Again, having shown us the copies of the cheques, can Pattni prove that it was his money? Can he show us his statements of account proving that those bankers’ cheques were drawn on money from Goldenberg? How can the committee be sure that Pattni, having been the Chairman of Exchange Bank, did not just take copies of cheques drawn on the bank in totally different circumstances by a totally different person and then claim they were payments made by him?

Then we are told that Muite handed over to Pattni a copy of Sarah Elderkin’s story on Goldenberg. The copy is curiously called “the original final part”. What on earth does that mean? Nowadays, stories are written on computers, saved and printed out, photocopied or circulated on diskettes. What does original mean? The handwritten script? If so, would that give any assurance to Pattni that no other copy existed, even in the computer’s hard disk? Of course not.

Which means that if there were any deal involving not publishing Sarah Elderkin’s story, it is a deal that would have involved Sarah Elderkin and the Nation Editors and management. At least I would expect Pattni to insist on such assurances before forking out Ksh 20 million.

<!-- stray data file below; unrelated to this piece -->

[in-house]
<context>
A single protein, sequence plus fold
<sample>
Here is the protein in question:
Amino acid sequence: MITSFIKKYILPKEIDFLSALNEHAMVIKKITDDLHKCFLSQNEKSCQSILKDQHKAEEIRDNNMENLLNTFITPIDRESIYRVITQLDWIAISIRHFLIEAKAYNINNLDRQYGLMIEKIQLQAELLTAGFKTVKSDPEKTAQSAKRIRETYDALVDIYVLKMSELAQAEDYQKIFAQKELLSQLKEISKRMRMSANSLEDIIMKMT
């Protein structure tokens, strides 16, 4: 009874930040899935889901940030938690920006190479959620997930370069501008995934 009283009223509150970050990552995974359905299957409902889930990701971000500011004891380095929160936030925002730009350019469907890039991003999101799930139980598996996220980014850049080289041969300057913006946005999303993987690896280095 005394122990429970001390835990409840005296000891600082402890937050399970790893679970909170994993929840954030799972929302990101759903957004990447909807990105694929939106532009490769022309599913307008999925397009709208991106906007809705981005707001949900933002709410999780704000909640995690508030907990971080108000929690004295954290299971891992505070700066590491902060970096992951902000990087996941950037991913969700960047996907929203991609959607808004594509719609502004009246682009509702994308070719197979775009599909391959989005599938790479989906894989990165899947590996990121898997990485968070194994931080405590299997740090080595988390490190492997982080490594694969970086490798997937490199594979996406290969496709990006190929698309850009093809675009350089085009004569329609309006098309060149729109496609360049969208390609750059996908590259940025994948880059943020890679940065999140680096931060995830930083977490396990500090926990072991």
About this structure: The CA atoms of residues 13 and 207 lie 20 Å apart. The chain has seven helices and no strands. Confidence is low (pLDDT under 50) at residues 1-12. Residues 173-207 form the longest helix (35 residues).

But Pattni does not allude to such a deal. He does not speak of Elderkin’s involvement, or that of the Nation. If the money were given to Muite in respect of the stories, who else received money? Muite alone could not have assured Pattni that there would be no publication. He didn’t have the power. This means that Pattni’s story has gaps, too many gaps. And it is wrong for a society of lawyers to use such a story to sacrifice one of their own. They must ask for their colleague what they demand for their clients every day in court-proof beyond reasonable doubt. To fail to do so is not to fail Muite-it is to fail the whole concept of the rights of accused persons before the law. It is to fail the country.

One last thing -The committee said that Muite’s statement was an attack on the credibility of both Pattni and Mburu on the basis that they were not people of honest character and should not be believed. The committee then found that no concrete evidence was, however, put before them to support this position.

In respect of Pattni, I ask this: Do Kenyan lawyers live in this country ?